I can't imagine being restricted to a Mon-Fri 9-5 office environment now, which is crazy because I did it for 10+ years! I can get so much more done in a few hours now than I would often have got done in a whole day in an office.

I think that how you manage your energy is just as important as how you manage your time and working remotely allows me to work in tandem with my natural productivity peaks.

Ease of travel is another massive perk too. I've traveled a fair bit and lived abroad for a few months at a time whilst working remotely, and it's definitely something I'll never take for granted.

Read 106 answers from other remote workers

What do you not like about remote work?

There isn't actually anything I dislike about remote work!

Read 103 answers from other remote workers

What tools do you use to stay productive?

I use every day for managing my tasks, brainstorming with other peeps, and collaborating on projects.

It's my main work hub, and I can't imagine organizing my work via any other medium now. I also use Slack on a daily basis to communicate with the team I'm working with.

Read 108 answers from other remote workers

Do you have any advice for remote workers?

One thing I hear a lot is, "how do I get a remote job?" However, that's not the right question. The question you need to ask is, "how can I use my existing skills to work remotely?"

So, if you're just starting out, my advice is to work with what you know and go from there. Look at it like any other job/career choice and search for work you're passionate about and experienced in, not just the fact that it's remote-based.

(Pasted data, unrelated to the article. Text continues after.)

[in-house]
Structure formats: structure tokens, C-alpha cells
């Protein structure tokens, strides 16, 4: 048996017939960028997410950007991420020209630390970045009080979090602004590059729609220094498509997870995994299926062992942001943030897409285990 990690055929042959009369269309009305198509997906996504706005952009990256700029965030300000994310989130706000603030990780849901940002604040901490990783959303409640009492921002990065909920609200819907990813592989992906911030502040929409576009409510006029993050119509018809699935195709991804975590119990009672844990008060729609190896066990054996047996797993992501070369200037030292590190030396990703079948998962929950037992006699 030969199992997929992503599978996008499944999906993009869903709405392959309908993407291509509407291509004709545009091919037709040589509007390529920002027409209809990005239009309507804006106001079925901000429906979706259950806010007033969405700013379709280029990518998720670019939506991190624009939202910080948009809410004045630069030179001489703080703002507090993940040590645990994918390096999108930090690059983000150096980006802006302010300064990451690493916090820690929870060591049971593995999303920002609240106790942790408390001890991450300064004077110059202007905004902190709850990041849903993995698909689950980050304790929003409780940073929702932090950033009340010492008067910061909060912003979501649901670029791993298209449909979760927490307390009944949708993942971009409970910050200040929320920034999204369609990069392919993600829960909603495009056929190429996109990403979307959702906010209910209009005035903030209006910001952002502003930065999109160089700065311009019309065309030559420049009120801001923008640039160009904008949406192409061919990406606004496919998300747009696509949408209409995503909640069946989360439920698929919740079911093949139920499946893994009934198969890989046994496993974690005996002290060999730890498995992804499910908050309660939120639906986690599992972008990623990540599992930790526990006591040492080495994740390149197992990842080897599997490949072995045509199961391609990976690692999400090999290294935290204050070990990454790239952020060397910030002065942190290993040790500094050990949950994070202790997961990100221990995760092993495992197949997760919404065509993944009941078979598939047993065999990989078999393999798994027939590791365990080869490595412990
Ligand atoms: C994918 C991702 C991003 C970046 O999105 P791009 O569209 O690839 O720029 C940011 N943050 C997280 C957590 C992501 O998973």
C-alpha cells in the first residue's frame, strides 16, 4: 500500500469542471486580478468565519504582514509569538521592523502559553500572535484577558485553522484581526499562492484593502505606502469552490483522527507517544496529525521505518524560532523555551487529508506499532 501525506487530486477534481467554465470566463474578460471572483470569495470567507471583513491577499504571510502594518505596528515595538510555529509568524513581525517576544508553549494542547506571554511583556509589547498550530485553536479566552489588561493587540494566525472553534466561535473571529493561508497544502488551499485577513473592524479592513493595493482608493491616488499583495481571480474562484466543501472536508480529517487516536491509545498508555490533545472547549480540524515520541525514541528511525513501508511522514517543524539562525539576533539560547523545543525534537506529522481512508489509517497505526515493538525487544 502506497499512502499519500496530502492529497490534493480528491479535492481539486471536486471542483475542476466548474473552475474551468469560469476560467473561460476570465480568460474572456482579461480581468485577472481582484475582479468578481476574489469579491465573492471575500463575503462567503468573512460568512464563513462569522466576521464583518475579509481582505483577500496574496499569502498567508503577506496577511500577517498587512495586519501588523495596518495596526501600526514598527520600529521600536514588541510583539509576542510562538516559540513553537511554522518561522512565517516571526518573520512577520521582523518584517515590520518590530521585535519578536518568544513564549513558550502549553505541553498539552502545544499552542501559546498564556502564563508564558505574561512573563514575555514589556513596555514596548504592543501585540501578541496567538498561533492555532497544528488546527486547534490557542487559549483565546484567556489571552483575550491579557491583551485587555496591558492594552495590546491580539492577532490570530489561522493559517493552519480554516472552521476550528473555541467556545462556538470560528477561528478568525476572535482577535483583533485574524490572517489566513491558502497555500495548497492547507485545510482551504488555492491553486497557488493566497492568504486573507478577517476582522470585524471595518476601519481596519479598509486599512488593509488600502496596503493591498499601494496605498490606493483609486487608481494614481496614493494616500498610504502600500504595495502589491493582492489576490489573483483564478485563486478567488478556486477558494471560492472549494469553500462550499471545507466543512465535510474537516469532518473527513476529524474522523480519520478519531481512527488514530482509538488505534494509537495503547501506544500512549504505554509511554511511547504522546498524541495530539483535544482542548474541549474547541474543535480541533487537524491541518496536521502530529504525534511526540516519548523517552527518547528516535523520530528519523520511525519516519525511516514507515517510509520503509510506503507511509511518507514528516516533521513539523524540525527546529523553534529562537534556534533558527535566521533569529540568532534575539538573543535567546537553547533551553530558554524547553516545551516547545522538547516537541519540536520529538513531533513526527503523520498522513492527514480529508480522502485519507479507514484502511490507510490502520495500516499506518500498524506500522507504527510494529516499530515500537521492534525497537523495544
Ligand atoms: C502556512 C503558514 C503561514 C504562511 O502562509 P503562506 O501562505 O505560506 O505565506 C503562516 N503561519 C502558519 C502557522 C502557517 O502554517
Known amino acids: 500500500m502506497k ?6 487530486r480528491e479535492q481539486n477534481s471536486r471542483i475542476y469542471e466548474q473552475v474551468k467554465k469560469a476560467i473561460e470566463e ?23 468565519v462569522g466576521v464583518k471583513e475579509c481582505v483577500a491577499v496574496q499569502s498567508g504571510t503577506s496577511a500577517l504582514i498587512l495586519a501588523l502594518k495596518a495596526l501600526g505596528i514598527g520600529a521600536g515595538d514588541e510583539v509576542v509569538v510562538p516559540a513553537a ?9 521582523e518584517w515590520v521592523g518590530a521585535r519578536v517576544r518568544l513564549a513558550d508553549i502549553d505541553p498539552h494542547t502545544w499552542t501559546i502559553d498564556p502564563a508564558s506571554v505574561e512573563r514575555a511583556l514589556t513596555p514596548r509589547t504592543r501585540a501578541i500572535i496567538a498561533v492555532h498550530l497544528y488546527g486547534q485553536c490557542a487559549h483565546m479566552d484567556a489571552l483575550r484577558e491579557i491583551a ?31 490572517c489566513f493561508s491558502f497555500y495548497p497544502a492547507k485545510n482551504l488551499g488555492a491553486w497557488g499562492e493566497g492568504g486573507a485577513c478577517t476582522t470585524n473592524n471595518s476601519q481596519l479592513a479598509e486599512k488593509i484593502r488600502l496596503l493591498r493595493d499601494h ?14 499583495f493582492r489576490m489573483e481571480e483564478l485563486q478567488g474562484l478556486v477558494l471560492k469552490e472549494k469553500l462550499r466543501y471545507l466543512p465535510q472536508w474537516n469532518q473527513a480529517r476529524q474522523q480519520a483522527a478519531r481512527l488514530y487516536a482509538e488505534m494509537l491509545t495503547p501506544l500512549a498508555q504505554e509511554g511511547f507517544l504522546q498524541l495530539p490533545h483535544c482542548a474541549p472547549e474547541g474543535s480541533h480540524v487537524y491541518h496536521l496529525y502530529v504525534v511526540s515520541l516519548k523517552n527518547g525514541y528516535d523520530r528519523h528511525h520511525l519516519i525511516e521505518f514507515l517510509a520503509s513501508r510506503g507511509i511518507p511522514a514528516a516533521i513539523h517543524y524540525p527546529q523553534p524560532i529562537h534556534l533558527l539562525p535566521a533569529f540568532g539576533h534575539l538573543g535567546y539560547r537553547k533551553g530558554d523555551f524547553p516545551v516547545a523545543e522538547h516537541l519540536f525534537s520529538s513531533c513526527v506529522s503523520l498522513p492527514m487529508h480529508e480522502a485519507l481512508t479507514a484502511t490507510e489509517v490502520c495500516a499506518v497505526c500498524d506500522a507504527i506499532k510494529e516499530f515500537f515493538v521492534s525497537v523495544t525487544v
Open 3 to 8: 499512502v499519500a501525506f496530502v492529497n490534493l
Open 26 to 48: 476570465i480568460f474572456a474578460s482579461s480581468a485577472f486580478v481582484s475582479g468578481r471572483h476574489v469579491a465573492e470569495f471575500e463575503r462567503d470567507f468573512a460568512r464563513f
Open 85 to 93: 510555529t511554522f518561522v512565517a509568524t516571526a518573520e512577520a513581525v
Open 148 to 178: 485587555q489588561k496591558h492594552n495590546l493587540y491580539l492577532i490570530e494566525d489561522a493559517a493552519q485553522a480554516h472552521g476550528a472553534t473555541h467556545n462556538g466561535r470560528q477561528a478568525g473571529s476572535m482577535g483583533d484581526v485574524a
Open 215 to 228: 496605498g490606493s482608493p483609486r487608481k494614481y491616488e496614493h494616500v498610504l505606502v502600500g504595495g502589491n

In terms of the actual work, I think you need to have a strong degree of self-awareness in relation to your strengths and weaknesses and be brutally honest with yourself at all times.

You have to be comfortable and confident about working autonomously and managing your own schedule, so it's really important to focus on building your time management skills.

Communication is another big one. It's more important to over-communicate than run the risk of getting your wires crossed or be misunderstood (this is so common when you're communicating solely online!). As silly as it sounds, an emoticon at the end of a message can go a long way.

Read 39 answers from other remote workers

What did we forget to ask Grainne Logue?

At RemoteHabits we're always trying to improve our interviews, what question should we have asked Grainne Logue?


Grainne Logue

For over ten years, Grainne Logue has helped brands find their voice and communicate with their target audiences. Currently, she is a content manager at, an organization and collaboration platform.

Work remotely? Share your story on RemoteHabits!

Want to be interviewed? If you have a remote position, head over to the interview me page!

Looking for a remote job?

RemoteHabits Jobs has everything you need to find your next great remote work position!

Related Interviews

Interview with Meryl, a digital marketer and master of home office organization

Meryl K. Evans is skilled at creating a home office that leads to remote work flexibility. See her advice for creating a successful workspace, and hear about her journey into freelancing.

Interview with Emma, a founder helping companies shape their remote work policies

Emma carved out her own remote work niche—see how she manages her own virtual law firm while maintaining work/life balance.

Interview with Cameron, a designer who works remotely at a WordPress agency

Learn how Cameron started full-time remote work after trying freelancing and starting a digital agency.

Keep your remote working skills sharp—get notified when we post the next remote work interview! RemoteHabits will help you achieve your remote work goals!